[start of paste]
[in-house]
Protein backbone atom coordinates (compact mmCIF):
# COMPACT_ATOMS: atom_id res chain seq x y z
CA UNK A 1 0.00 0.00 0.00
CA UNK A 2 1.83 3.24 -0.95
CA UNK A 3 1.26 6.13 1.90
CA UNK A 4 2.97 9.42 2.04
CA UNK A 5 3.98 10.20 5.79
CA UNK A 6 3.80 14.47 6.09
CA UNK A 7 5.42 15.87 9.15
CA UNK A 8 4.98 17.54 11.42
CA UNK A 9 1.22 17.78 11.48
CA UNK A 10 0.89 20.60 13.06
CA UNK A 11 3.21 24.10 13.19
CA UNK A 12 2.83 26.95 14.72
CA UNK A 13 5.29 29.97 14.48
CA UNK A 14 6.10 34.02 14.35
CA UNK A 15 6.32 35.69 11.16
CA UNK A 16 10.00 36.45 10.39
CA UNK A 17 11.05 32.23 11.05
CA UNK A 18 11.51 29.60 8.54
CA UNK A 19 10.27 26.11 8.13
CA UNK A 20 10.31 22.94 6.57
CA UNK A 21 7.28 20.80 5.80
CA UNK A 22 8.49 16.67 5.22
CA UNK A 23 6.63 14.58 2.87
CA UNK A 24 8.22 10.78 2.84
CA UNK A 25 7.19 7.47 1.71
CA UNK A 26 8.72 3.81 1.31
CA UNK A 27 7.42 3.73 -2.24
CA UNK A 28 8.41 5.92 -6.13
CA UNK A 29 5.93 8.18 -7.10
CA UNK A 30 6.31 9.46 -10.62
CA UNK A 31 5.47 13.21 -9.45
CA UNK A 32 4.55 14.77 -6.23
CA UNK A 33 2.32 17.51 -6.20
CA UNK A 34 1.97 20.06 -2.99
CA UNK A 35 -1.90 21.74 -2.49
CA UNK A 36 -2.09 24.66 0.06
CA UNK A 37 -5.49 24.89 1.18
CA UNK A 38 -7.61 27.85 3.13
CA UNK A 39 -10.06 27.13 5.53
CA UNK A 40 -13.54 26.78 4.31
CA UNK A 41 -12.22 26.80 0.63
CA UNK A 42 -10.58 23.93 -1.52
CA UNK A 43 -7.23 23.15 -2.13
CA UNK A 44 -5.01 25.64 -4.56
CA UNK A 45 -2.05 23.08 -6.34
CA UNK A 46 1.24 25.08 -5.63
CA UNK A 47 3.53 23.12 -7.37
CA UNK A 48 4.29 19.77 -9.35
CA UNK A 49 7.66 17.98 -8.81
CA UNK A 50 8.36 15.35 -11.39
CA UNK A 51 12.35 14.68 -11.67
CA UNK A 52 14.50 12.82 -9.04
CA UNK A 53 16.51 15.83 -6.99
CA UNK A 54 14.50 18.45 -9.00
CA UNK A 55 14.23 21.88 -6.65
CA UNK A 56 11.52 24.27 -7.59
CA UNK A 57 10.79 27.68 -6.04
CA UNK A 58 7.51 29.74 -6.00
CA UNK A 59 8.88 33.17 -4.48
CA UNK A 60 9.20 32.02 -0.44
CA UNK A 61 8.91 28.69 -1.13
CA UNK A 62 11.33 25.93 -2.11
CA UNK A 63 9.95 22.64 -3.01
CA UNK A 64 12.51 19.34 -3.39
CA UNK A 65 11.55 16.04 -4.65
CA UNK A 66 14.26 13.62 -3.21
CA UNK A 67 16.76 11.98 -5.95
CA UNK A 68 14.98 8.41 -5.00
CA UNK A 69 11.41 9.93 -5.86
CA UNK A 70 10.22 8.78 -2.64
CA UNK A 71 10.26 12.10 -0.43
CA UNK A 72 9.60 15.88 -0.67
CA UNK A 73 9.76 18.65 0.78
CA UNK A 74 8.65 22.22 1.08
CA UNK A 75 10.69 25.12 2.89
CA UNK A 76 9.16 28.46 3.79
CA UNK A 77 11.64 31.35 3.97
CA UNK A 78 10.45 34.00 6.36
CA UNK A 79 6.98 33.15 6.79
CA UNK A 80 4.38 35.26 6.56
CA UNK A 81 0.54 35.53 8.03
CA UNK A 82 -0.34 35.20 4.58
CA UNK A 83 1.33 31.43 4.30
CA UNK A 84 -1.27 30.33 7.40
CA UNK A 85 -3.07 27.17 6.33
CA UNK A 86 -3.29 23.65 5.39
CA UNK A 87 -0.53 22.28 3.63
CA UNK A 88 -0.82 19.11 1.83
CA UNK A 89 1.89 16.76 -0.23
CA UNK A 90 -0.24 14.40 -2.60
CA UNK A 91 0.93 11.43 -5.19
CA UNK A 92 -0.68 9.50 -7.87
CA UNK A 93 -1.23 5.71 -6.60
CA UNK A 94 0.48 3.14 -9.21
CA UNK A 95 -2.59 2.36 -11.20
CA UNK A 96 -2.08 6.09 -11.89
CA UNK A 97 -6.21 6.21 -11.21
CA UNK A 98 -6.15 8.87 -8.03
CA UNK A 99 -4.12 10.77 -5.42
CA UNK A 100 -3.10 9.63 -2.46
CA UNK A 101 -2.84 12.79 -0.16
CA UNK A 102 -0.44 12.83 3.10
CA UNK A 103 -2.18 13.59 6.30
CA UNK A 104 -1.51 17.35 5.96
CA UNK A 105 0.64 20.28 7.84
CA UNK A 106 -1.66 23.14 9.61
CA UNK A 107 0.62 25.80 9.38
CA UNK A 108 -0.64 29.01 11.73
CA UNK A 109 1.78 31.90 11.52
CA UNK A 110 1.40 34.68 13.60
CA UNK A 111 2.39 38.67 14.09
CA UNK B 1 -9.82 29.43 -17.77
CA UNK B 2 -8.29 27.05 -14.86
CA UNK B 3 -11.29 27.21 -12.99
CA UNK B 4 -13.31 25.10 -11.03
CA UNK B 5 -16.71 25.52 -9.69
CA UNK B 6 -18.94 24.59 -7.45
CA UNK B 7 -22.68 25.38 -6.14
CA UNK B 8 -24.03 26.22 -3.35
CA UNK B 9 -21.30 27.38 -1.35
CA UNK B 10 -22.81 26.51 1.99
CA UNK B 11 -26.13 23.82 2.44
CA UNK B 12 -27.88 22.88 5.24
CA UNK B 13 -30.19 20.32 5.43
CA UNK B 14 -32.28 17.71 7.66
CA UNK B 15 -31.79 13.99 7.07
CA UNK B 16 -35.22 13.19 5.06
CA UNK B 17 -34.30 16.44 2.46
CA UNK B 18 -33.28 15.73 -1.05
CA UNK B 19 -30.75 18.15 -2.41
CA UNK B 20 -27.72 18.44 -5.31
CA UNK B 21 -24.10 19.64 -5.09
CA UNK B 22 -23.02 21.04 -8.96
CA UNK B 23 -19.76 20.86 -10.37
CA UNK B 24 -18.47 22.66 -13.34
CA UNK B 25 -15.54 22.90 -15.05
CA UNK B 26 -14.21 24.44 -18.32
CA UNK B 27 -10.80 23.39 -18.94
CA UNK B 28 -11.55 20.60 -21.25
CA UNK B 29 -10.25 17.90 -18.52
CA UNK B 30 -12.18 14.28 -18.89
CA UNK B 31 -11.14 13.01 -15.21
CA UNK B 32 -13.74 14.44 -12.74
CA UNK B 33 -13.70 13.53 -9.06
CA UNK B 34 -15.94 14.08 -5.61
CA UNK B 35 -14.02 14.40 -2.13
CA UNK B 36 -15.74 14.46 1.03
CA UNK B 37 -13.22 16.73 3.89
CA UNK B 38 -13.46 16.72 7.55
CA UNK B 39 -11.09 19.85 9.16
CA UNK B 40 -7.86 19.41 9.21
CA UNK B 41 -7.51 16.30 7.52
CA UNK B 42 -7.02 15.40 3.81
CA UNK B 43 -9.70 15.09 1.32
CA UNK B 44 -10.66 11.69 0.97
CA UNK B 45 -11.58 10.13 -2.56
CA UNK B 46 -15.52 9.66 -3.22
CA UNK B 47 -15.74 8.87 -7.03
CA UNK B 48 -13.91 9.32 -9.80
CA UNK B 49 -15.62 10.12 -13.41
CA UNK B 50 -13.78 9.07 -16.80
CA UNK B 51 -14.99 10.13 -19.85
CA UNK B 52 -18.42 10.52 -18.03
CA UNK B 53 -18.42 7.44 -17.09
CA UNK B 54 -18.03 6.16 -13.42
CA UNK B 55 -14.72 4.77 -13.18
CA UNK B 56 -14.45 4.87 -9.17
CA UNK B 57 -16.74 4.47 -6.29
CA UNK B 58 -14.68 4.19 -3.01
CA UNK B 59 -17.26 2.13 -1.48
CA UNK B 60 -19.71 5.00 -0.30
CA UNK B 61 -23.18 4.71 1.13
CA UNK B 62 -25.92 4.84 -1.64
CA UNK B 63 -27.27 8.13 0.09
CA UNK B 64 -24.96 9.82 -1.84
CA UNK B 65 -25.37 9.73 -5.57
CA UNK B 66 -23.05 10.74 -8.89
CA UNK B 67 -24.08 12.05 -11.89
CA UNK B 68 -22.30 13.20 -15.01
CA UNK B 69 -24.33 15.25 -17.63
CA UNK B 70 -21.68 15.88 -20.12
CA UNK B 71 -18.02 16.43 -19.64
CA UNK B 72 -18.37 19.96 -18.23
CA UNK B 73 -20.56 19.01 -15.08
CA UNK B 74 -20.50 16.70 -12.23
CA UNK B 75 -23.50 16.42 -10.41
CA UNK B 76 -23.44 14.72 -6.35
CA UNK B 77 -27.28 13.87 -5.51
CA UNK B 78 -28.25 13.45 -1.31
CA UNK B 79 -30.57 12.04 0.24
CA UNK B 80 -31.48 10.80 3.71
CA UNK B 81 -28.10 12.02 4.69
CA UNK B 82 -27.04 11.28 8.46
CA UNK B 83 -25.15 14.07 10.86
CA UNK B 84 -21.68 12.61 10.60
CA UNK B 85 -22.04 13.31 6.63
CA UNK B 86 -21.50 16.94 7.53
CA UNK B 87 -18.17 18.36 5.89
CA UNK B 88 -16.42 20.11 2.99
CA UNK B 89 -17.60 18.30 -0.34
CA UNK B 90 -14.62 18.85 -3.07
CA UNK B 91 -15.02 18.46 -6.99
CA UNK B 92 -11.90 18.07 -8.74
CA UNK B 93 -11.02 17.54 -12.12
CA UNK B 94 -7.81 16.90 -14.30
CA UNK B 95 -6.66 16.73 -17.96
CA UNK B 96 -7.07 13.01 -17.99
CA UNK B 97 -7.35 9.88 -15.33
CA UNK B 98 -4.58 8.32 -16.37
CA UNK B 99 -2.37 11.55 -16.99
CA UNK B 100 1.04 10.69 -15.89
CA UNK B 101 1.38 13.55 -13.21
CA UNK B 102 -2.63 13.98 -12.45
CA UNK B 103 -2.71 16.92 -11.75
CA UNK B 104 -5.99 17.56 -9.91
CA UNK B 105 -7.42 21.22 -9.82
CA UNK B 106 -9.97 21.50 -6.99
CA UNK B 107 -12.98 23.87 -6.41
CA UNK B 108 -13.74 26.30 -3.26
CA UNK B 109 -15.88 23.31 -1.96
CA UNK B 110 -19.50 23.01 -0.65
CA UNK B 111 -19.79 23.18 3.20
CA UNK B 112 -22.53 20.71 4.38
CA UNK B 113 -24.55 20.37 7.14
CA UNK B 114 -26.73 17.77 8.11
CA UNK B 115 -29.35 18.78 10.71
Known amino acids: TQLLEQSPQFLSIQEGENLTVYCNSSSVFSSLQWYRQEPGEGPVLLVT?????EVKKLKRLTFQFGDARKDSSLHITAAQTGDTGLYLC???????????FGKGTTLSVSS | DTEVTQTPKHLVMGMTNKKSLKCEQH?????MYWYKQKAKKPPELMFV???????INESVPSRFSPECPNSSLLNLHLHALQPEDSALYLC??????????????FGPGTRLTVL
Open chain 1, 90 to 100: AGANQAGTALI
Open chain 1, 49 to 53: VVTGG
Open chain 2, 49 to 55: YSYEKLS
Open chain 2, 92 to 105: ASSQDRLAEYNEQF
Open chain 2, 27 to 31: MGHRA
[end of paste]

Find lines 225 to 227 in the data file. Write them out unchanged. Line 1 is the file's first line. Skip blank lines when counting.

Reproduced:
CA UNK B 111 -19.79 23.18 3.20
CA UNK B 112 -22.53 20.71 4.38
CA UNK B 113 -24.55 20.37 7.14